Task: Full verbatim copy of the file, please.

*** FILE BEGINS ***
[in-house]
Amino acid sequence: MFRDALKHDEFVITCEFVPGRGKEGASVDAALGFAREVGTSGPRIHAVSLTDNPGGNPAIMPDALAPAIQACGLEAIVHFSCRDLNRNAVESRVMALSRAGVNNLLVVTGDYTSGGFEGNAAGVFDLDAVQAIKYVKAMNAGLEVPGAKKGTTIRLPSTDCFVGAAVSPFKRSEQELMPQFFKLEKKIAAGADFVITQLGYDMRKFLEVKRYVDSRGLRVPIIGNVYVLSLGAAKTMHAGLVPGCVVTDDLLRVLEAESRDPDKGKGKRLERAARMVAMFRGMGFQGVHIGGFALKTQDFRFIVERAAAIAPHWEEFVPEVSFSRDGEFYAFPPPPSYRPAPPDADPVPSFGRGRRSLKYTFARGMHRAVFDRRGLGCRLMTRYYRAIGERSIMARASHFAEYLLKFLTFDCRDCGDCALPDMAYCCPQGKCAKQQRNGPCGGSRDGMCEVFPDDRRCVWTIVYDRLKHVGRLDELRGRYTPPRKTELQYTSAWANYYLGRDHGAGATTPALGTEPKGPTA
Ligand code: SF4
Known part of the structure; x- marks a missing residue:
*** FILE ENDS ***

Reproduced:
[in-house]
Amino acid sequence: MFRDALKHDEFVITCEFVPGRGKEGASVDAALGFAREVGTSGPRIHAVSLTDNPGGNPAIMPDALAPAIQACGLEAIVHFSCRDLNRNAVESRVMALSRAGVNNLLVVTGDYTSGGFEGNAAGVFDLDAVQAIKYVKAMNAGLEVPGAKKGTTIRLPSTDCFVGAAVSPFKRSEQELMPQFFKLEKKIAAGADFVITQLGYDMRKFLEVKRYVDSRGLRVPIIGNVYVLSLGAAKTMHAGLVPGCVVTDDLLRVLEAESRDPDKGKGKRLERAARMVAMFRGMGFQGVHIGGFALKTQDFRFIVERAAAIAPHWEEFVPEVSFSRDGEFYAFPPPPSYRPAPPDADPVPSFGRGRRSLKYTFARGMHRAVFDRRGLGCRLMTRYYRAIGERSIMARASHFAEYLLKFLTFDCRDCGDCALPDMAYCCPQGKCAKQQRNGPCGGSRDGMCEVFPDDRRCVWTIVYDRLKHVGRLDELRGRYTPPRKTELQYTSAWANYYLGRDHGAGATTPALGTEPKGPTA
Ligand code: SF4
Known part of the structure; x- marks a missing residue: